You also wrote the book, The Mother Eats Her Son. What inspired that? Is it allegoric?
Yes, Mother Eats Her Son is an allegorical story. It is to caution any of those mothers who mistreat children who are not their biological offspring. In this story I convey the message that children are treasures from God and we should treat all children as precious jewels. When I grew up in my little village in Teso, I felt that I was a child of the community. I felt safe and secure and the virtue of trustworthiness was inculcated into me.
Finally you are also the author of the Golden Bangle. Can you give us a brief summary of the book?
The Golden Bangle is about a young orphan girl, a daughter of a chief who is abused by her relatives once her parents both die. They even try to stop her from marrying a son of the neighbouring chief, her childhood betrothal and her birth right. She comes out of it successful through amazing interventions of nature and she assumes her rightful position in her community.
Where can those interested in purchasing the books find them?
The Dancing Suitcasenow also translated into French La Valise Ensorcelée can be obtained from any Heinemann Publishers representatives. Mother Eats Her Son and The Golden Bangle are published by Fountain Publishers in Uganda and can be bought directly from them.
How has the British Council-Crossing Borders Programme helped you as a writer?
Mother Eats Her Son and The Golden Bangle by Nancy Oloro.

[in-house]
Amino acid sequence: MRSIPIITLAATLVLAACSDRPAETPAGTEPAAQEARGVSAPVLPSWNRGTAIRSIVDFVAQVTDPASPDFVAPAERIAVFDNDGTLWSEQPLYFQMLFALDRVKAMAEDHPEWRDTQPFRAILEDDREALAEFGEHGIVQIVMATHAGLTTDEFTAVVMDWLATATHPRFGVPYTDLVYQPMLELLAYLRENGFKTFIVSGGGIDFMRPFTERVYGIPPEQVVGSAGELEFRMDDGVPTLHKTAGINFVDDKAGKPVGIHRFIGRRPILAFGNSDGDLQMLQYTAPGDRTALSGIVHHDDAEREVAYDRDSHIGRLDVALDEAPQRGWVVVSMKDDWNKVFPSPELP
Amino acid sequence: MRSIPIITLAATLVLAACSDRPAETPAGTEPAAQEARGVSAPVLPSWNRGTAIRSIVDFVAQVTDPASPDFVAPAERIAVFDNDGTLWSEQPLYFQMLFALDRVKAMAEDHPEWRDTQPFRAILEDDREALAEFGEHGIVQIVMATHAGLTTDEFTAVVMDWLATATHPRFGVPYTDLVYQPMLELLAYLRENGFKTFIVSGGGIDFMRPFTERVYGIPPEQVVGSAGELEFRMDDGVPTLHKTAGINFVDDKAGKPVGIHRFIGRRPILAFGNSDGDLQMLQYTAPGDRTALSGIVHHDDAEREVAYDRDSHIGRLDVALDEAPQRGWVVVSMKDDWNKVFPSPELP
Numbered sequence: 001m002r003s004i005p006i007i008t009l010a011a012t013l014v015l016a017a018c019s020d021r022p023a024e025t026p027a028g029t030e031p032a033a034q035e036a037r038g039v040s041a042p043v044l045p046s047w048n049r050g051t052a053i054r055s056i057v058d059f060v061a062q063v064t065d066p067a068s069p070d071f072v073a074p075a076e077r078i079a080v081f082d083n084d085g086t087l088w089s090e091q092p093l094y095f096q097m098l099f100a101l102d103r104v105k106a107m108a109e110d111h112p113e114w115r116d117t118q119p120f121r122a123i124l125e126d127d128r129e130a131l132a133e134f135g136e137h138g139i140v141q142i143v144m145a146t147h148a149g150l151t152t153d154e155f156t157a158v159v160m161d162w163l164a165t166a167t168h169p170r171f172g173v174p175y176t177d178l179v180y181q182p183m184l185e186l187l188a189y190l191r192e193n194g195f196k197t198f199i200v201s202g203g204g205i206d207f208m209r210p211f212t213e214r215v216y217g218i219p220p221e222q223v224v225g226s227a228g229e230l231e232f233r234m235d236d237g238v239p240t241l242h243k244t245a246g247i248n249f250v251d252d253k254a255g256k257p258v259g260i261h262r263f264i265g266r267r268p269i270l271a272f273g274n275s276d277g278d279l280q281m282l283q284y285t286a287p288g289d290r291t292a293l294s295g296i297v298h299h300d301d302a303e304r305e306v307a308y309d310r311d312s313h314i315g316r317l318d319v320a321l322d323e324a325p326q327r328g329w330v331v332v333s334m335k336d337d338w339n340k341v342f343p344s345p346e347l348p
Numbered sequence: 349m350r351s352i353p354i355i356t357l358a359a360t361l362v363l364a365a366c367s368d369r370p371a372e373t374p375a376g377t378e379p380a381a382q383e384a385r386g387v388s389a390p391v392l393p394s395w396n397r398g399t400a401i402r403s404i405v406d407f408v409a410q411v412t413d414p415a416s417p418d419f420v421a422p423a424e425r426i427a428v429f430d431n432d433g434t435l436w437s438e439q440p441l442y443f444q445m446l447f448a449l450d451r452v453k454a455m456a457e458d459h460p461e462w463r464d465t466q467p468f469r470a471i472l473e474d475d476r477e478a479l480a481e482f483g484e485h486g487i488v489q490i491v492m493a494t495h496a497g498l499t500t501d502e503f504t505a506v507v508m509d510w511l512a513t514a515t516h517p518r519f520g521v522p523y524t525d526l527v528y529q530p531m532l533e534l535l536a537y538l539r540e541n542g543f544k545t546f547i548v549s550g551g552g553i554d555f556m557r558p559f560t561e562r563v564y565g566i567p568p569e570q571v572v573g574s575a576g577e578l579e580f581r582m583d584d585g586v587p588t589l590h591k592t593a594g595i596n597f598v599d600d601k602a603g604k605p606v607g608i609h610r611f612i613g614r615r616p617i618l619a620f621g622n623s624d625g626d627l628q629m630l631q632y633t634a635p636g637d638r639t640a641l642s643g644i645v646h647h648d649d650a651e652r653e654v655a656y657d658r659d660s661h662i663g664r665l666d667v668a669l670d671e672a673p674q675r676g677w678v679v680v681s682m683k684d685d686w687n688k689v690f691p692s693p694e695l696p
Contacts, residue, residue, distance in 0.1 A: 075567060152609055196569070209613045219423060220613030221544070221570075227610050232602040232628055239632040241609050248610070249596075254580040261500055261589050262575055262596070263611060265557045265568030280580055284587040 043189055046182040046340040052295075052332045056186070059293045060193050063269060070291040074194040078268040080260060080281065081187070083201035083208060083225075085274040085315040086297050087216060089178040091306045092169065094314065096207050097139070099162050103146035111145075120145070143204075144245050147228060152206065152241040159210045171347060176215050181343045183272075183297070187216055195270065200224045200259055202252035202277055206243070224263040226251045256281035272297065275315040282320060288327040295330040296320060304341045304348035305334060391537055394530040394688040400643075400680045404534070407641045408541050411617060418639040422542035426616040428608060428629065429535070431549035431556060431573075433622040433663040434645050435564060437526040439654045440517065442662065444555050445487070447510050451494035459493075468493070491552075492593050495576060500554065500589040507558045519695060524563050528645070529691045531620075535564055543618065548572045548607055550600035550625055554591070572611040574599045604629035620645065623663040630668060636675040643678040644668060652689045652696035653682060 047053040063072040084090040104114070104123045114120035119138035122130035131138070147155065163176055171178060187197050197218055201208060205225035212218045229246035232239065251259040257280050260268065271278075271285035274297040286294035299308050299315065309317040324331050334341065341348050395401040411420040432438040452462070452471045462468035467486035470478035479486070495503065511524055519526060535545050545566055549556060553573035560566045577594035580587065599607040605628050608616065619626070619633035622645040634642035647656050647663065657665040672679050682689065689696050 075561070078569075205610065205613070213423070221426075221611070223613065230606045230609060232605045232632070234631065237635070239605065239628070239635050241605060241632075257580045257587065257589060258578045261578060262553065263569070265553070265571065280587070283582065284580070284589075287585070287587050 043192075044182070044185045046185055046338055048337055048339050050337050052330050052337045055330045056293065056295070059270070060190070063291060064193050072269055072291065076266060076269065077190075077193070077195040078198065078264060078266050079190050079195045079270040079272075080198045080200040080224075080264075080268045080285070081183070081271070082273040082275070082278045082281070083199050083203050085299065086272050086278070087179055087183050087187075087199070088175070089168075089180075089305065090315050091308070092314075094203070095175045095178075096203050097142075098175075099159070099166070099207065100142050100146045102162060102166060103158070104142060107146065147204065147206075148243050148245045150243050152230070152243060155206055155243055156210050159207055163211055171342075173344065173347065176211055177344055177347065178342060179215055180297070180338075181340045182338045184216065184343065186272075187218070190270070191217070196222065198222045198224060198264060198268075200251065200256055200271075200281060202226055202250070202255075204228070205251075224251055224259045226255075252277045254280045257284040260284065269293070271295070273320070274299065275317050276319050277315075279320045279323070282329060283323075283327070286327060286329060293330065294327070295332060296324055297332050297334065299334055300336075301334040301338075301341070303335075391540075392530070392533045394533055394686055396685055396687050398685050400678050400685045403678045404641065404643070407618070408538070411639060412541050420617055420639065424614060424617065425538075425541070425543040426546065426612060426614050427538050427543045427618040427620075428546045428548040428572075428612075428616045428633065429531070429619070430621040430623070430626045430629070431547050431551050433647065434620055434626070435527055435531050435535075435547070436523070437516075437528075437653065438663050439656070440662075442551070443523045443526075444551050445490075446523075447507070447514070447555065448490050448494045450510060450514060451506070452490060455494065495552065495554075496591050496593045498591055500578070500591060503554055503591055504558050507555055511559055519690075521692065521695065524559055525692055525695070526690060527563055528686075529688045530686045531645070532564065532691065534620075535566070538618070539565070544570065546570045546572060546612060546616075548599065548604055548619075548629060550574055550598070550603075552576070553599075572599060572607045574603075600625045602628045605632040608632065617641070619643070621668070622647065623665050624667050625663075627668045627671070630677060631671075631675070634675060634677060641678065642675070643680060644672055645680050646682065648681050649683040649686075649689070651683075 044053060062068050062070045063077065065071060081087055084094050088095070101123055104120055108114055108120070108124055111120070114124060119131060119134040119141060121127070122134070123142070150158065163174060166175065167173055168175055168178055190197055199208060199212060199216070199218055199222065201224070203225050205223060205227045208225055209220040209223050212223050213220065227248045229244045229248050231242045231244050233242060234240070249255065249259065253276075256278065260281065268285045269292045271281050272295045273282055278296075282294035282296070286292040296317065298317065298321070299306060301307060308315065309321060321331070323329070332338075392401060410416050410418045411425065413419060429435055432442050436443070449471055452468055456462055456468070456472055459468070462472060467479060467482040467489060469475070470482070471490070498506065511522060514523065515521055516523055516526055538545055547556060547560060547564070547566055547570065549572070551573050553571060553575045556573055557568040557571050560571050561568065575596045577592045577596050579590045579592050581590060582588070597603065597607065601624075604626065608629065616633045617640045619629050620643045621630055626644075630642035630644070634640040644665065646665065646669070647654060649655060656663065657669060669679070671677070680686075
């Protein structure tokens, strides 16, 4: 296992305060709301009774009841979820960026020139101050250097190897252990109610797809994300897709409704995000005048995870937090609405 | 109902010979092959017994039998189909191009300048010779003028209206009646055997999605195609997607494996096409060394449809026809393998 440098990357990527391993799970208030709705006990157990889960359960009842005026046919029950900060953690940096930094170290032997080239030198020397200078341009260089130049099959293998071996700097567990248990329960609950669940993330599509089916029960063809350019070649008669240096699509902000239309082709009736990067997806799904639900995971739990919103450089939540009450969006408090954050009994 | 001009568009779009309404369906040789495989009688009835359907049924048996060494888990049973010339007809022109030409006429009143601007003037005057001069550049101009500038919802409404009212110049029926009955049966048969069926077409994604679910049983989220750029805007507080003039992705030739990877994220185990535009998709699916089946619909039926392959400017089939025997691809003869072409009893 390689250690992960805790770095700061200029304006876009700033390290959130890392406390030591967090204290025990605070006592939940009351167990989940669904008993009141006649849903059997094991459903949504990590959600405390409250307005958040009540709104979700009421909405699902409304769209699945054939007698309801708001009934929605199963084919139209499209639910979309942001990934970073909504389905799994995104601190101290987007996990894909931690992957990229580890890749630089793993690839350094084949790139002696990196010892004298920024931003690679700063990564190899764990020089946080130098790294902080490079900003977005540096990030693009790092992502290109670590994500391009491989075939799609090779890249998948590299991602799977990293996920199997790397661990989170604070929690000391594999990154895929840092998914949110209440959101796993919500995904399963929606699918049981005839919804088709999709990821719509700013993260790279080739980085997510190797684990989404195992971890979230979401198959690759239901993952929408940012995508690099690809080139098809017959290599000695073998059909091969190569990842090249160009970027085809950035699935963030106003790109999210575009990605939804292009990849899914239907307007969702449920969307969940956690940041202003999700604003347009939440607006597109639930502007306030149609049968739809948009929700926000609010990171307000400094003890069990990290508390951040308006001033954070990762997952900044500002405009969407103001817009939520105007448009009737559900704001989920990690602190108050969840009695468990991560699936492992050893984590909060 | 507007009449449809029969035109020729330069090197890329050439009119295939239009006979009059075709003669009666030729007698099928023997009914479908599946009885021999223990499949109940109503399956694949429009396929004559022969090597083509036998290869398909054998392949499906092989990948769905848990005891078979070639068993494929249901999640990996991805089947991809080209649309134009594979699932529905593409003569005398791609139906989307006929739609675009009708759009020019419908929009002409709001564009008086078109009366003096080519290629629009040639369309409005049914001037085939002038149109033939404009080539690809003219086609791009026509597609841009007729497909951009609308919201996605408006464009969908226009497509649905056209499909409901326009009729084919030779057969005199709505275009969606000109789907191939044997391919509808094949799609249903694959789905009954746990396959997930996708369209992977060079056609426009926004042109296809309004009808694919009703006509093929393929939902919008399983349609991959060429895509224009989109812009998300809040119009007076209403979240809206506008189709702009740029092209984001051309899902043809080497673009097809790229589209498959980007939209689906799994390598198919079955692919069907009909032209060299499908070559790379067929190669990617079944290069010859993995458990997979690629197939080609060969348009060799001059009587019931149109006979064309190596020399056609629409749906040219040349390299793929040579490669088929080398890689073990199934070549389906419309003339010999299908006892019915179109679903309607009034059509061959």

Michigan State University Press
The British Council's Crossing Borders writing program has been a mine rich in gems of inestimable value for me. My writing career has been completely revolutionized. Before I joined the Crossing Borders writing program, I did writing merely as a hobby. But since joining the program, I am beginning to take my writing more seriously. I am more confident of what and how I want to say what is in my mind. I have developed discipline in getting stories that I start working on completed. I am thankful to the mentors and friends I have made through the program.
If you were chosen as a tourism representative and your job was to invite tourists to Teso, what Teso assets would you share with us?
Having grown up in Teso, I can comfortably say that Teso is very rich in culture which has gone unexploited. Our way of life - we are pastoralists and subsistence farmers could pass for a model community way of life. Unfortunately this is all being left to die a natural death.